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he 2014 Fields medallists have just been announced as (in alphabetical order of surname) Artur Avila, Manjul Bhargava, Martin Hairer, and Maryam Mirzakhani (see also these nice video profiles for the winners, which is a new initiative of the IMU and the Simons foundation). This time last year, I wrote a blog post discussing one result from each of the 2010 medallists; I thought I would try to repeat the exercise here, although the work of the medallists this time around is a little bit further away from my own direct area of expertise than last time, and so my discussion will unfortunately be a bit superficial (and possibly not completely accurate) in places. As before, I am picking these results based on my own idiosyncratic tastes, and are not necessarily the “best” work of these medallists.Artur Avila works in dynamical systems and in the study of Schrödinger operators. The work of Avila that I am most familiar with is his solution with Svetlana Jitormiskaya on the ten martini problem of Kac, the solution to which (according to Barry Simon) he offered ten martinis for, hence the name. The problem involves perhaps the simplest example of a Schrödinger operator with nontrivial spectral properties, namely the almost Mathieu operator defined for parameters and
This is a bounded selfadjoint operator and thus has a spectrum that is a compact subset of the real line; it arises in a number of physical contexts, most notably in the theory of the integer quantum Hall effect, though I will not discuss these applications here. Remarkably, the structure of this spectrum depends crucially on the Diophantine properties of the frequency . For instance, if is a rational number, then the operator is periodic with period , and then basic (discrete) Floquet theory tells us that the spectrum is simply the union of (possibly touching) intervals. But for irrational (in which case the spectrum is independent of the phase ), the situation is much more fractal in nature, for instance in the critical case the spectrum (as a function of ) gives rise to the Hofstadter butterfly. The “ten martini problem” asserts that for every irrational and every choice of coupling constant being very small or very large, or being either very close to rational (i.e. a Liouville number) or very far from rational (a Diophantine number). The argument uses a wide variety of existing techniques, both perturbative and nonperturbative, to attack this problem, as well as an amusing argument by contradiction: they assume (in certain regimes) that the spectrum fails to be a Cantor set, and use this hypothesis to obtain additional Lipschitz control on the spectrum (as a function of the frequency ), which they can then use (after much effort) to improve existing perturbative arguments and conclude that the spectrum was in fact Cantor after all!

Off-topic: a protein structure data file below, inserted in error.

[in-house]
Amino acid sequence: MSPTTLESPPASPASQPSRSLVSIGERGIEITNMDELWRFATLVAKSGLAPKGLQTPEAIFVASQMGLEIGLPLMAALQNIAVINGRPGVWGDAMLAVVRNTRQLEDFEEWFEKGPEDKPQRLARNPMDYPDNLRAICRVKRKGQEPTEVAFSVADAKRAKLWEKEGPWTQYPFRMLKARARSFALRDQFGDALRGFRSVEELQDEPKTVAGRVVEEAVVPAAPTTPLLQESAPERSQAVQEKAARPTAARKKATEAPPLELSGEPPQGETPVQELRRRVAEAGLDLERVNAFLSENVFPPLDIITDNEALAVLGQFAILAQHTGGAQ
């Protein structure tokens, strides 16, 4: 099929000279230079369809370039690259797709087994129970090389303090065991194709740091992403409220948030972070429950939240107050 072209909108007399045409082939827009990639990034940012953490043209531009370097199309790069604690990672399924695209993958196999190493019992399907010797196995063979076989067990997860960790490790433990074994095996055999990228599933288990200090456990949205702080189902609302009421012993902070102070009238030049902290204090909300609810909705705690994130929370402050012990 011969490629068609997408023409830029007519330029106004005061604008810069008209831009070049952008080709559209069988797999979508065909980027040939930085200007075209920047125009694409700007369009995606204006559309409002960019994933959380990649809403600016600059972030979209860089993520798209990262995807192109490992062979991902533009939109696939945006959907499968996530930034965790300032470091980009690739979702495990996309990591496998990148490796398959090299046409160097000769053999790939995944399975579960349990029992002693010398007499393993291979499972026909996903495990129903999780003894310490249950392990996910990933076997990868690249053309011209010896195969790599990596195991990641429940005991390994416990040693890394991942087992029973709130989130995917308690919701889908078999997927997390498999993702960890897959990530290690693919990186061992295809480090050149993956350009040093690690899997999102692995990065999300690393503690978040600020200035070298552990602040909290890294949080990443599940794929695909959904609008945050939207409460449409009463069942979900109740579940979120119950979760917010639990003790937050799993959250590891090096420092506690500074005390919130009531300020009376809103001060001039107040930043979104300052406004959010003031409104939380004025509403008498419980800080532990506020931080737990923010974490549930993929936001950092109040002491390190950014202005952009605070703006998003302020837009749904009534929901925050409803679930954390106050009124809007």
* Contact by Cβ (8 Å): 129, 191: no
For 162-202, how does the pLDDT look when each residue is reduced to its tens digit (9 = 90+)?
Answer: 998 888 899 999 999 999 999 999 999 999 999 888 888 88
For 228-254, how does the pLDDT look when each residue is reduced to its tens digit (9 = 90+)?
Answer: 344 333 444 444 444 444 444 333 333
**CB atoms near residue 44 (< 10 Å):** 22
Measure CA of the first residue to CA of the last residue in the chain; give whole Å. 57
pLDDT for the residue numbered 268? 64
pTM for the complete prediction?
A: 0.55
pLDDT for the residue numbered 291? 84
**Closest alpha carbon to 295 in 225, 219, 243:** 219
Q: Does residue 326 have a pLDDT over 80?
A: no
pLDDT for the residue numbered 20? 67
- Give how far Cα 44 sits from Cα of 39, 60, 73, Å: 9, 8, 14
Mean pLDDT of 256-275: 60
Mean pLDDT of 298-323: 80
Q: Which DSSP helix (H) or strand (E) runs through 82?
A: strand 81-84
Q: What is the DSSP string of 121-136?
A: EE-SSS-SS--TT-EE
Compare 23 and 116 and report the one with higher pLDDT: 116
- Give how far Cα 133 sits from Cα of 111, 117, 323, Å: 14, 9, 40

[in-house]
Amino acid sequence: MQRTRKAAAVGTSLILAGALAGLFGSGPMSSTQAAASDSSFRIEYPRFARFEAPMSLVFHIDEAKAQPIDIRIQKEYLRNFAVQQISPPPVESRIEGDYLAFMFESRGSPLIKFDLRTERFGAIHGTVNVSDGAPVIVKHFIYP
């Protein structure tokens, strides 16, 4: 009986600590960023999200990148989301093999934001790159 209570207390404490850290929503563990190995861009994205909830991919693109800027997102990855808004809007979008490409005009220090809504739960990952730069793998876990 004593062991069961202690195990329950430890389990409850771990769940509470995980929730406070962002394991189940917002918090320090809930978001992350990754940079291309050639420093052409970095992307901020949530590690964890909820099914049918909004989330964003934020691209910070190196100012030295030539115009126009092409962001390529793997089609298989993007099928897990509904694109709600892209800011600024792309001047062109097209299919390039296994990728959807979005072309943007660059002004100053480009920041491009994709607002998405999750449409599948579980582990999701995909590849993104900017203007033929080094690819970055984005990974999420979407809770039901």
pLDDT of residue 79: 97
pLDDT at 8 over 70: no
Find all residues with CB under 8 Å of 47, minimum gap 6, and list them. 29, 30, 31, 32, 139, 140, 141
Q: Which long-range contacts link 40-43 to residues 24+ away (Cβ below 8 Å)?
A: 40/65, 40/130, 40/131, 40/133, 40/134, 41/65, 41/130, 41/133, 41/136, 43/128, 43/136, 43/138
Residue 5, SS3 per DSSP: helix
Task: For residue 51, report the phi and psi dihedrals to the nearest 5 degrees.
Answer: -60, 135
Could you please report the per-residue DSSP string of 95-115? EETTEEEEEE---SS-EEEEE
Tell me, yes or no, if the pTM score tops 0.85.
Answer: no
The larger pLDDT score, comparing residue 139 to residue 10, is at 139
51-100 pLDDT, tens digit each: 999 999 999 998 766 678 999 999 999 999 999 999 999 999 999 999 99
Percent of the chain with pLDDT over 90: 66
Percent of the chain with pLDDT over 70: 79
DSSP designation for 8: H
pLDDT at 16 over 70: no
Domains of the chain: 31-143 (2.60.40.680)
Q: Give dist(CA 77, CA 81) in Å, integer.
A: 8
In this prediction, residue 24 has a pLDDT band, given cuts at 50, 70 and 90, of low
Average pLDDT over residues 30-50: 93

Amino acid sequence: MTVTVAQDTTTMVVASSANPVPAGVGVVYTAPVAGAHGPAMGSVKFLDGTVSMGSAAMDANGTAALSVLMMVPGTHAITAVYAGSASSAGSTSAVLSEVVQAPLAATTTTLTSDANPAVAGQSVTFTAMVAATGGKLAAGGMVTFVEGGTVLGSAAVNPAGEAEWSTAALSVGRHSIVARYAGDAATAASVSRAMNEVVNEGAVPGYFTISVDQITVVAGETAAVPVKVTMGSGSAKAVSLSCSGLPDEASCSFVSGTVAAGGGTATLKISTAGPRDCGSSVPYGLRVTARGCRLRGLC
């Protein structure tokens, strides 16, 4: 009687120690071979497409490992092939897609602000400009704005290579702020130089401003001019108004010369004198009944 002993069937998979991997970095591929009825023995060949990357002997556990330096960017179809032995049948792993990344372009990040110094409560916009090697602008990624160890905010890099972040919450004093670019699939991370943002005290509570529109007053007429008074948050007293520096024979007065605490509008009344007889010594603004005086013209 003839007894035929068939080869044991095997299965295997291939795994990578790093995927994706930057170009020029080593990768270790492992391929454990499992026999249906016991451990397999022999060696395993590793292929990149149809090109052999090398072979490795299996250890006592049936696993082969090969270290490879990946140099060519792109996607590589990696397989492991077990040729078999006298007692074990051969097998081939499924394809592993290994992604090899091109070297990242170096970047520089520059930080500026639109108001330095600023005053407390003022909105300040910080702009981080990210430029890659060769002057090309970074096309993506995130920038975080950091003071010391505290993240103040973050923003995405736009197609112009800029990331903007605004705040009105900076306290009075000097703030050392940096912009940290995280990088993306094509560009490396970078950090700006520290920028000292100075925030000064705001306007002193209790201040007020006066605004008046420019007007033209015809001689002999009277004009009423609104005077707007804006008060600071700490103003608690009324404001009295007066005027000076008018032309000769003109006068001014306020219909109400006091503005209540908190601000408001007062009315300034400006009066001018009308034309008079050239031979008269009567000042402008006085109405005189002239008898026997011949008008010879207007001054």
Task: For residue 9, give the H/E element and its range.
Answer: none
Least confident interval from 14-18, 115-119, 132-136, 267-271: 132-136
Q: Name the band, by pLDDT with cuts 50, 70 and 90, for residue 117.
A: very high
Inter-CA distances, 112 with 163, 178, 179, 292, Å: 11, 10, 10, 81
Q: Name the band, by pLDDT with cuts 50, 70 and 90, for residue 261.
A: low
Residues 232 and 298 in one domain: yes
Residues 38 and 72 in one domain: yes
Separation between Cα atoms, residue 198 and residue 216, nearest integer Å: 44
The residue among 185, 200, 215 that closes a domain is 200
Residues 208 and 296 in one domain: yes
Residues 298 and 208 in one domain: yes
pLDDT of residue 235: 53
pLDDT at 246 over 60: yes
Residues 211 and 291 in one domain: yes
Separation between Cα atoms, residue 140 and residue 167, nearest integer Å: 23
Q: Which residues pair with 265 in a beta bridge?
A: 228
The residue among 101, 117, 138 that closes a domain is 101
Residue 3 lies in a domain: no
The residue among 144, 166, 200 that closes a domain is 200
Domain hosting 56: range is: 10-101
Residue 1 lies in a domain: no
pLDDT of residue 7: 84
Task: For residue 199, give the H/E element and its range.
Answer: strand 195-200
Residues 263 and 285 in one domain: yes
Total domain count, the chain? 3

Mirzakhani, a professor at Stanford, is the first woman to win math’s highest prize, and Avila is the first South American.